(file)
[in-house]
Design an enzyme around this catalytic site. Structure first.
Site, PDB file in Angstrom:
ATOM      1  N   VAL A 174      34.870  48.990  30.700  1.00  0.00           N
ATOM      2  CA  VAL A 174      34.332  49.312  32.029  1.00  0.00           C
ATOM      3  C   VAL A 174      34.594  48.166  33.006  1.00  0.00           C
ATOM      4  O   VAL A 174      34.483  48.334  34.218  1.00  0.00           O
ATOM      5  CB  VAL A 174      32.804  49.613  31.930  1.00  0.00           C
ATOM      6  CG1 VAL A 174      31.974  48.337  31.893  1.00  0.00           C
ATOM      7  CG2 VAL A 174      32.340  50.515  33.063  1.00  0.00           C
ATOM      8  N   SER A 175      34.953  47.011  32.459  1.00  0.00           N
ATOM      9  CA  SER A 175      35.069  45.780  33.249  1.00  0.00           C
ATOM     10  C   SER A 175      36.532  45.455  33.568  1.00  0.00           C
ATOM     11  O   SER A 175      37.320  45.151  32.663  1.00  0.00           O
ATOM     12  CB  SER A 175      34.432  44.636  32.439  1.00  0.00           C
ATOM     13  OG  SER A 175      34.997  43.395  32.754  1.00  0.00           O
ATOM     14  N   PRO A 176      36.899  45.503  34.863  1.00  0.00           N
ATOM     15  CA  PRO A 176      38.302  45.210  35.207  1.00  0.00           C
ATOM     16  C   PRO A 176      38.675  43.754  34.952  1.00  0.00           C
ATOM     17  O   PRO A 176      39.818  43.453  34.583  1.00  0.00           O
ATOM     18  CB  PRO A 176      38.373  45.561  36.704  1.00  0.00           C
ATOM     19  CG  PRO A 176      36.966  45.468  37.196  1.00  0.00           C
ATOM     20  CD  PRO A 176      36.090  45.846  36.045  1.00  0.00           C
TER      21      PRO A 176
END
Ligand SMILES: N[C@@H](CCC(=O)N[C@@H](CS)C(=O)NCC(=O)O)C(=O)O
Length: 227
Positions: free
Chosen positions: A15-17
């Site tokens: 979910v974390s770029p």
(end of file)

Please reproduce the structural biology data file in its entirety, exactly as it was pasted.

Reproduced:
[in-house]
Design an enzyme around this catalytic site. Structure first.
Site, PDB file in Angstrom:
ATOM      1  N   VAL A 174      34.870  48.990  30.700  1.00  0.00           N
ATOM      2  CA  VAL A 174      34.332  49.312  32.029  1.00  0.00           C
ATOM      3  C   VAL A 174      34.594  48.166  33.006  1.00  0.00           C
ATOM      4  O   VAL A 174      34.483  48.334  34.218  1.00  0.00           O
ATOM      5  CB  VAL A 174      32.804  49.613  31.930  1.00  0.00           C
ATOM      6  CG1 VAL A 174      31.974  48.337  31.893  1.00  0.00           C
ATOM      7  CG2 VAL A 174      32.340  50.515  33.063  1.00  0.00           C
ATOM      8  N   SER A 175      34.953  47.011  32.459  1.00  0.00           N
ATOM      9  CA  SER A 175      35.069  45.780  33.249  1.00  0.00           C
ATOM     10  C   SER A 175      36.532  45.455  33.568  1.00  0.00           C
ATOM     11  O   SER A 175      37.320  45.151  32.663  1.00  0.00           O
ATOM     12  CB  SER A 175      34.432  44.636  32.439  1.00  0.00           C
ATOM     13  OG  SER A 175      34.997  43.395  32.754  1.00  0.00           O
ATOM     14  N   PRO A 176      36.899  45.503  34.863  1.00  0.00           N
ATOM     15  CA  PRO A 176      38.302  45.210  35.207  1.00  0.00           C
ATOM     16  C   PRO A 176      38.675  43.754  34.952  1.00  0.00           C
ATOM     17  O   PRO A 176      39.818  43.453  34.583  1.00  0.00           O
ATOM     18  CB  PRO A 176      38.373  45.561  36.704  1.00  0.00           C
ATOM     19  CG  PRO A 176      36.966  45.468  37.196  1.00  0.00           C
ATOM     20  CD  PRO A 176      36.090  45.846  36.045  1.00  0.00           C
TER      21      PRO A 176
END
Ligand SMILES: N[C@@H](CCC(=O)N[C@@H](CS)C(=O)NCC(=O)O)C(=O)O
Length: 227
Positions: free
Chosen positions: A15-17
């Site tokens: 979910v974390s770029p």